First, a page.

Napolitano: Obama’s Former AG Loretta Lynch Could Face 5-10 Years Behind Bars

loretta lynch jail

As the United States Senate is currently probing improper communication between Debbie Wasserman Schultz and Barack Obama’s former Attorney General Loretta Lynch, the famous Judge Andrew Napolitano claimed Monday on Fox News that the latter may end up being jailed for up to ten years if found guilty of misconduct.

If there’s hard proof about an improper email exchange between Loretta Lynch and former Democratic National Committee Chairwoman Debbie Wasserman Schultz, emails discussing the Hillary Clinton private-server investigation, Obama’s former attorney general is facing misconduct charges, i.e. she may end up with having to defend herself against misconduct while in public office.

And yes, that’s a serious felony which may land her up in jail for up to ten years, according to Judge Andrew Napolitano, a Fox News contributor. According to Judge Napolitano, but let’s quote the man himself:

“It is alleged, this document has not seen the light of day if it exists, that there are one or several emails between Debbie Wasserman Schultz and Loretta Lynch concerning the behavior that Loretta Lynch will take to further the DNC interests while Mrs. Lynch was attorney general,”

“It’s a felony. Depending upon exactly what they charged her with, it could be five or 10 years in jail. It’s very serious. It’s the equivalent of obstruction of justice. It’s the same allegation they are making about the president.”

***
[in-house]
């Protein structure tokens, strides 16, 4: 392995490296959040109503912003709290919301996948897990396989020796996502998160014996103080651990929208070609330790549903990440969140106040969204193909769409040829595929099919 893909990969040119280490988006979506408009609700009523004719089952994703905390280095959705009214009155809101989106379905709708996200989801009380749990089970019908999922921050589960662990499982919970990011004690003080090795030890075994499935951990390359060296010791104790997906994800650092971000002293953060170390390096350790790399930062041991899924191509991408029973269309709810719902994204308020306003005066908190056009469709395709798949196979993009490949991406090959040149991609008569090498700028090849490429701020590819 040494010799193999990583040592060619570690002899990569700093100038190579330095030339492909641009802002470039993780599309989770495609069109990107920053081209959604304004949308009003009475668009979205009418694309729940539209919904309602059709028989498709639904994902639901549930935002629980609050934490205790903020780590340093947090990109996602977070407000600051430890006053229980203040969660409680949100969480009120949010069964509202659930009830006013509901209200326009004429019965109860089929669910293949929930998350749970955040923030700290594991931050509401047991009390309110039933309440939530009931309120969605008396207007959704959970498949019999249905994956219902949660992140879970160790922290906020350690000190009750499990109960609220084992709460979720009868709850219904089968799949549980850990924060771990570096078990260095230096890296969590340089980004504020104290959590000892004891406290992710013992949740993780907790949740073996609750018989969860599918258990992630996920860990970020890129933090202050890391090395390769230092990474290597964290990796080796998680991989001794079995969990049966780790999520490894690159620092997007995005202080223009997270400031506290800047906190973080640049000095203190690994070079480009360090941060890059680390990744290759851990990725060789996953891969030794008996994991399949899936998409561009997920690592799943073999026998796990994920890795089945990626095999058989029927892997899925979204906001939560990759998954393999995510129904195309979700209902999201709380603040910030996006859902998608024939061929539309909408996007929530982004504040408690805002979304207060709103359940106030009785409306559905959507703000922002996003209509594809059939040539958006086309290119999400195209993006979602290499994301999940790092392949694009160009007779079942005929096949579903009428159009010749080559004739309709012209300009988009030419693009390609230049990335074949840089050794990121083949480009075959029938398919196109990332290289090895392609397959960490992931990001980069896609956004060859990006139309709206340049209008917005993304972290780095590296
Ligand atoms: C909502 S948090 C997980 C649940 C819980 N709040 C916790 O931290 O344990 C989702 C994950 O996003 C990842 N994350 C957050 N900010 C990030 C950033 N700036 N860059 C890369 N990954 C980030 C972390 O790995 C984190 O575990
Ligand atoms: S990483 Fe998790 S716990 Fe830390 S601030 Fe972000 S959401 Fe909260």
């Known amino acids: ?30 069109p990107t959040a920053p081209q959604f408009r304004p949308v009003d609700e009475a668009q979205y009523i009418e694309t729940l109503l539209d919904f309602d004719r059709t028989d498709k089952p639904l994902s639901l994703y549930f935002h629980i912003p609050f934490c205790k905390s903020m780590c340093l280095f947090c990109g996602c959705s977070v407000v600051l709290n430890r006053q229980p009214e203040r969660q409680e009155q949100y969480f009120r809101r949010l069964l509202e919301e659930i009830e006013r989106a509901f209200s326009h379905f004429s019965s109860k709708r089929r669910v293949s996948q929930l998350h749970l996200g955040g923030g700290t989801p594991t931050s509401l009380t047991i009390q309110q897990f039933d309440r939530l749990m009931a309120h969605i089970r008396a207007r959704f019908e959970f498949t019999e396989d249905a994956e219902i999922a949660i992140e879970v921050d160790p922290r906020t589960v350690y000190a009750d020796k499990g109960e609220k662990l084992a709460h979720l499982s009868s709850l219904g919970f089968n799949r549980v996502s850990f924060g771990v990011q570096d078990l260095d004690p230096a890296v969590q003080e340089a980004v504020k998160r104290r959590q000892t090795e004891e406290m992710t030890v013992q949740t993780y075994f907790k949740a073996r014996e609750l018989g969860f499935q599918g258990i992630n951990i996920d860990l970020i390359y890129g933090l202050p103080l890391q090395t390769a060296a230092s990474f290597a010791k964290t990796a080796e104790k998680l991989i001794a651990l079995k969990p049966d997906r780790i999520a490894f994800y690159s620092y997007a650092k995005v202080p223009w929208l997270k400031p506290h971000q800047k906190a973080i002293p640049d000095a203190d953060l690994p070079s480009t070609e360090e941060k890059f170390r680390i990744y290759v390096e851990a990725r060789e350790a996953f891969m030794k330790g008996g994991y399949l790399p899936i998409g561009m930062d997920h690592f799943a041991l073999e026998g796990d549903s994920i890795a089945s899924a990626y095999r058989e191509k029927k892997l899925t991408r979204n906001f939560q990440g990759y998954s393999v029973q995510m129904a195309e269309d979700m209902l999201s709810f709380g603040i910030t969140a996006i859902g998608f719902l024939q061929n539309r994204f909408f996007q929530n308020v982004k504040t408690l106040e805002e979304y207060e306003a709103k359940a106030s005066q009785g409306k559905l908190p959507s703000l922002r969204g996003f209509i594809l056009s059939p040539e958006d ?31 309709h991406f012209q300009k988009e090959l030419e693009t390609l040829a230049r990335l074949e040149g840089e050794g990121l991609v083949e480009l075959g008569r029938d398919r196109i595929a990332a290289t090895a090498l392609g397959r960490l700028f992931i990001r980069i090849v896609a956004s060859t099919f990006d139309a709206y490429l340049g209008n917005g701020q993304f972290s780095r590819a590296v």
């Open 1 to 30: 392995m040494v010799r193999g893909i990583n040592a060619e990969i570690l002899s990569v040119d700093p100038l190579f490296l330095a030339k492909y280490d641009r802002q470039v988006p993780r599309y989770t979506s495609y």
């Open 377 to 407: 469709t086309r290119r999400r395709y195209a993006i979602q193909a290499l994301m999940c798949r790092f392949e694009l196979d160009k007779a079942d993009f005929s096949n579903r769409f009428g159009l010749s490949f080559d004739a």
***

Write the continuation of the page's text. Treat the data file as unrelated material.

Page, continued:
Loretta Lynch was formally warned by by Senator Chuck Grassley via a letter last Thursday about the Senate investigation into her conduct while she was serving as Obama’s AG. Also, she was asked about her relations with Debbie Wasserman Schultz:

“During your time in the Justice Department, did you ever have communications with Rep. Wasserman Schultz, her staff, her associates, or any other current or former DNC officials about the Clinton email investigation?”

reads the official letter. Senator Chuck Grassley’s inquiry comes in the aftermath of former FBI director James Comey’s testimony in front of a Senate Committee, during which he said he felt “queasy” after being asked by Loretta Lynch to refer to the FBI investigation into Hillary Clinton’s email server as a matter rather than a criminal investigation. Judge Napolitano explained:

This “terminology may be indicative of a mindset on the part of Attorney General Lynch that she was going to do whatever she could to prevent Mrs. Clinton from getting indicted.”